One can even become more artistic by putting dry flower arrangements under glass and in old frames.
There are tons of sources for supplies on the web. Your library will probably be able to get you many books on the subject. So just get started! Plant your garden or harvest it now should you have one that has not been hit by frost.
), free lance writer, award winning artist and avid gardener is
mother of 5 and the grandmother of 8.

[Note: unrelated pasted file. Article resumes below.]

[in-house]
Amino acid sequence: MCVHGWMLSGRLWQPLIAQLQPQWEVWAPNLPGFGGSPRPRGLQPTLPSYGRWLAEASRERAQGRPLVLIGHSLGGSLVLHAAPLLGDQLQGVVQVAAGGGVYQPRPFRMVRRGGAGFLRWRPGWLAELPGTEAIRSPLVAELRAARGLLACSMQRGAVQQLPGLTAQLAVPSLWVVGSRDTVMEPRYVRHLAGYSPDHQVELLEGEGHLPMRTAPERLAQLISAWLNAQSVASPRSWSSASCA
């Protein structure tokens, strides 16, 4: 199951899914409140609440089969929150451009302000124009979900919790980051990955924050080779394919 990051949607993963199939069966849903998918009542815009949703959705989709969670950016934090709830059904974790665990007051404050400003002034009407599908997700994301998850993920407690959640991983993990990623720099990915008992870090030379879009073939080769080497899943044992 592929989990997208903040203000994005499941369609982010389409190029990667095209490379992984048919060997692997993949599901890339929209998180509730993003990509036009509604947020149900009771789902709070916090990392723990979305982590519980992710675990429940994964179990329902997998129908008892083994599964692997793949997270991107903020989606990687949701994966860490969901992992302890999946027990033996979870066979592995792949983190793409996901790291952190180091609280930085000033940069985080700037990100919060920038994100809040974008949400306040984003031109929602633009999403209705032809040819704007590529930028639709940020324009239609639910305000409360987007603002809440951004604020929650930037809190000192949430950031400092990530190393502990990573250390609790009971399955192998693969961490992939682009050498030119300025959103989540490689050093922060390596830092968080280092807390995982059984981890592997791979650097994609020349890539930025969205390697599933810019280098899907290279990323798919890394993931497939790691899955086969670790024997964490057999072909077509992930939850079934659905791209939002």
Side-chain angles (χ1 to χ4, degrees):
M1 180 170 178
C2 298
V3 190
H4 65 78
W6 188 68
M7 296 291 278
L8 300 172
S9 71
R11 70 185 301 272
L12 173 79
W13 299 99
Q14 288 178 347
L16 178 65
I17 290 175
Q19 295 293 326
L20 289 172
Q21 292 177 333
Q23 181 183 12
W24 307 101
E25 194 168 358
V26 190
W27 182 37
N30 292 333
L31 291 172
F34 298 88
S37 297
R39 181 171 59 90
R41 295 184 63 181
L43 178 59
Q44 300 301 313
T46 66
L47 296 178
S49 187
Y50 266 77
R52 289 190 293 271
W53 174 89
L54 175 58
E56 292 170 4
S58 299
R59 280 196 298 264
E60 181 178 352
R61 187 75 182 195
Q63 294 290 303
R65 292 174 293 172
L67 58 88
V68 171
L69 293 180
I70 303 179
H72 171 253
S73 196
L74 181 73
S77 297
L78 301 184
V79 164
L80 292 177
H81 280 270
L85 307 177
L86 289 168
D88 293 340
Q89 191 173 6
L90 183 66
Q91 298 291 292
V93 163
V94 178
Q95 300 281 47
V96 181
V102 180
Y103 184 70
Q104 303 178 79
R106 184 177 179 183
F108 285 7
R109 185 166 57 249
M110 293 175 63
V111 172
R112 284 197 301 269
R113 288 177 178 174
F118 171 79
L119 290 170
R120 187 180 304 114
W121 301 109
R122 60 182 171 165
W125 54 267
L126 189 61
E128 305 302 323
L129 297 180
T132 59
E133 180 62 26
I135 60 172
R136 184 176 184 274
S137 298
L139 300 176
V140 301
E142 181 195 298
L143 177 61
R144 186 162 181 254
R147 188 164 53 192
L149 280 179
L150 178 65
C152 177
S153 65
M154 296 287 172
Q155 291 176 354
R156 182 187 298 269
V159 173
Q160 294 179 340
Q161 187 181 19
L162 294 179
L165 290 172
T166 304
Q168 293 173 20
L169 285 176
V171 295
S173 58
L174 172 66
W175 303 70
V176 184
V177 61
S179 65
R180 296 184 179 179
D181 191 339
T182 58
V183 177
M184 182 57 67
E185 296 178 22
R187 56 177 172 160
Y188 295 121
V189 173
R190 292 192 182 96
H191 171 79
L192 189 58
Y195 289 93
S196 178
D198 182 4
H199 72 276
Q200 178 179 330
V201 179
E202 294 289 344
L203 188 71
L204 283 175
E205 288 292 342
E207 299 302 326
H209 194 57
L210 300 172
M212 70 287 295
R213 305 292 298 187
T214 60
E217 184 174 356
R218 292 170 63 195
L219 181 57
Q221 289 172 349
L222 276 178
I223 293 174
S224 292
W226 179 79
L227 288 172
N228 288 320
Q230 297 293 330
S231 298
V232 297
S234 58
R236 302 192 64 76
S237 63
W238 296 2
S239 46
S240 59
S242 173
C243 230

For almost 40 years she was an International real estate
consultant and during the last 20 years of her career traveled to many
parts of the world. She
has been a cancer and stroke survivor since 1992.
While working and raising her children she had many hobbies
including being a very serious home-vintner for approximately 14 years
while residing in upstate New York in St. Lawrence County producing
2,000 to 3,000 bottles of wine a year.
She was the president of the St. Lawrence County chapter of the
American Wine Society in
"Tread the Earth Lightly" & in the meantime
may your day be filled with...
Peace, Light, and Love,